Brunzell left WWF in 1993 and competed on the independent circuit, primarily in the Chicago area. He also wrestled for Herb Abrams' Universal Wrestling Federation (UWF) in 1991. While there, he reunited with B. Brian Blair under the name Masked Confusion, winning the tag team title twice. After the UWF closed, Brunzell returned to the independent circuit and continued to wrestle until the mid-1990s, but still making sporadic appearances in the late-1990s and early 2000s. On May 23, 1993, Brunzell wrestled at World Championship Wrestling's inaugural Slamboree pay-per-view in a six-man tag match alongside fellow "legends" Wahoo McDaniel and Blackjack Mulligan against Dick Murdoch, Don Muraco, and "Superfly" Jimmy Snuka. In 1994, he appeared in the American Wrestling Federation as a guest referee in a bout for the AWF Heavyweight Championship, in which Tito Santana beat Bob Orton Jr. to win the title.

Brunzell wrestled his final professional wrestling match in 1999 on the "Wrestle America 2000" event held on Crystal, Minnesota, against The Hater in a winning effort for Brunzell.[12]

Personal life

Since retiring from wrestling, Brunzell works in sales.[3] Brunzell is involved in his local church and does charity work for children with diabetes.[5] Brunzell makes frequent appearances at conventions with partner, Brian Blair.

In July 2016, Brunzell was named part of a class action lawsuit filed against WWE which alleged that wrestlers incurred traumatic brain injuries during their tenure and that the company concealed the risks of injury. The suit is litigated by attorney Konstantine Kyros, who has been involved in a number of other lawsuits against WWE.[13] The lawsuit was dismissed by US District Judge Vanessa Lynne Bryant in September 2018.[14] In September 2020, an appeal for the lawsuit dismissed by a federal appeals court.[15]

As of November 2017, Blair and Brunzell work many Comic-Cons and Independent Autograph Sessions. A Comic Book Series called the "Killer Bees" has been released.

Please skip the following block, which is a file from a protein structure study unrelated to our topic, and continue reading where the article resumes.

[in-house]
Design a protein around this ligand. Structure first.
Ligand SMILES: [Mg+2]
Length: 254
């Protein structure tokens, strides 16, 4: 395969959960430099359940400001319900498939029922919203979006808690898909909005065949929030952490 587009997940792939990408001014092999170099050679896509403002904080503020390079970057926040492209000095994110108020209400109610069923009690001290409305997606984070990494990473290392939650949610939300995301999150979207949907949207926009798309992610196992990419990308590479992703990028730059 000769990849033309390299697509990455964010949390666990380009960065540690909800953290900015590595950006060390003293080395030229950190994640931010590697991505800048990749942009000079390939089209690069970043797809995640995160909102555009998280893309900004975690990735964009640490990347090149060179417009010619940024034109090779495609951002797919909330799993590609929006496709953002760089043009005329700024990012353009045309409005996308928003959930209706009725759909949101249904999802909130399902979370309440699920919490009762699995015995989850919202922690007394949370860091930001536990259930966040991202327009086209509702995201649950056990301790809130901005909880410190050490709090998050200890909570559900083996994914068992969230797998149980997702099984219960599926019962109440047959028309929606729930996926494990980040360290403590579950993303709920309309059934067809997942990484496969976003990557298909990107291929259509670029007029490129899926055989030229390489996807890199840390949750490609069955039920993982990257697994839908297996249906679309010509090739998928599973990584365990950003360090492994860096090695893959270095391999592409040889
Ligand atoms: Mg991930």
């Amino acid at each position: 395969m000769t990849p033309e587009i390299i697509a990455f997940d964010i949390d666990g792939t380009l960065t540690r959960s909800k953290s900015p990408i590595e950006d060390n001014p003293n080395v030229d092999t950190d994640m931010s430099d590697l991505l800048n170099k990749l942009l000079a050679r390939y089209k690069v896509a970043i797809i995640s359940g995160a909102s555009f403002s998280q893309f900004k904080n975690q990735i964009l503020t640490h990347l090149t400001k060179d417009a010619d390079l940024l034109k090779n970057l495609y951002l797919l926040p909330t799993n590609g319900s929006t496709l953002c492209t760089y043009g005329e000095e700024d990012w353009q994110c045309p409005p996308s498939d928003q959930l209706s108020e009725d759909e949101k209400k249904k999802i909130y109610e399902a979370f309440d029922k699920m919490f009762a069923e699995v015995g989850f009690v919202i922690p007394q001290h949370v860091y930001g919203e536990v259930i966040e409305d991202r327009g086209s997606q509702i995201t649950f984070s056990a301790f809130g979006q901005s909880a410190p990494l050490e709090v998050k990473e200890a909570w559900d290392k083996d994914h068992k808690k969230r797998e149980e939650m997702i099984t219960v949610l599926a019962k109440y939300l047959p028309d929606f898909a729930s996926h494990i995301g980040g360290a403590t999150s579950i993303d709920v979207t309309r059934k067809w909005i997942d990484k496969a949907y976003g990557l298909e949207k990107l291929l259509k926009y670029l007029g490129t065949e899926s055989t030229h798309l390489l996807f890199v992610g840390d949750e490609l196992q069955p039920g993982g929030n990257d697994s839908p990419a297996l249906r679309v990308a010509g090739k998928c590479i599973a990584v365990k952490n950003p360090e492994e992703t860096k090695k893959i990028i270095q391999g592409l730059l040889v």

Championships and accomplishments

Brunzell was a two-time AWA World Tag Team Champion with Greg Gagne

See also


  1. ^ Accelerator3359. "Jim Brunzell Profile". Retrieved December 12, 2012.((cite web)): CS1 maint: numeric names: authors list (link)
  2. ^ a b c d Online World of Wrestling. "Jim Brunzell Profile". Retrieved December 12, 2010.
  3. ^ a b c d e f g h i j k Hoops, Brian (June 21, 2013). "Jim Brunzell made his mark inside and outside the ring". Slam! Sports. Canadian Online Explorer. Retrieved July 6, 2013.
  4. ^ Kristian Pope (August 14, 2005). Tuff Stuff Professional Wrestling Field Guide: Legend and Lore. Krause Publications. p. 71. ISBN 1-4402-2810-8.
  5. ^ a b c d e Laprade, Pat (July 9, 2013). "Jim Brunzell a positive through and through". Slam! Sports. Canadian Online Explorer. Retrieved July 11, 2013.
  6. ^ a b Kamchen, Richard (September 10, 2007). ""Jumpin'" Jim Brunzell still a class act". Slam! Sports. Canadian Online Explorer. Retrieved July 6, 2013.
  7. ^ a b "88". History of WWE. Retrieved January 4, 2020.
  8. ^ "89". History of WWE. Retrieved January 4, 2020.
  9. ^ "90". History of WWE. Retrieved January 4, 2020.
  10. ^ "91". History of WWE. Retrieved January 4, 2020.
  11. ^ "92". History of WWE. Retrieved January 4, 2020.
  12. ^ "Wrestlingdata.com - The World's Largest Wrestling Database". www.wrestlingdata.com. Retrieved December 24, 2018.
  13. ^ "WWE sued in wrestler class action lawsuit featuring Jimmy 'Superfly' Snuka, Paul 'Mr Wonderful' Orndorff". FoxSports.com. Fox Entertainment Group (21st Century Fox). July 18, 2015. Retrieved July 20, 2016.
  14. ^ Robinson, Byron (September 22, 2018). "Piledriver: WWE uses 'Hell in a Cell' as springboard to future shows". Montgomery Advertiser. Retrieved October 28, 2018.
  15. ^ "Former WWE Wrestlers' Lawsuit Over Brain Damage Is Dismissed". US News. September 9, 2020. Retrieved January 1, 2021.
  16. ^ Johnson, Mike (February 16, 2016). "Arn Anderson, Paul Orndorff, Trish Stratus And More To Be Honored By Cauliflower Alley Club". PWInsider. Retrieved March 10, 2021.
  17. ^ Caldwell, Adam (January 22, 2012). "News: Edge to join second Hall of Fame". Pro Wrestling Torch. Retrieved January 23, 2012.
  18. ^ Royal Duncan & Gary Will (2000). Wrestling Title Histories (4th ed.). Archeus Communications. ISBN 0-9698161-5-4.
  19. ^ "Tunney Tourney". History of WWE. Retrieved January 4, 2020.
  20. ^ "Frank Tunney Sr. Memorial Tag Team Tournament " Tournaments Database " CAGEMATCH - The Internet Wrestling Database". www.cagematch.net. Retrieved December 24, 2018.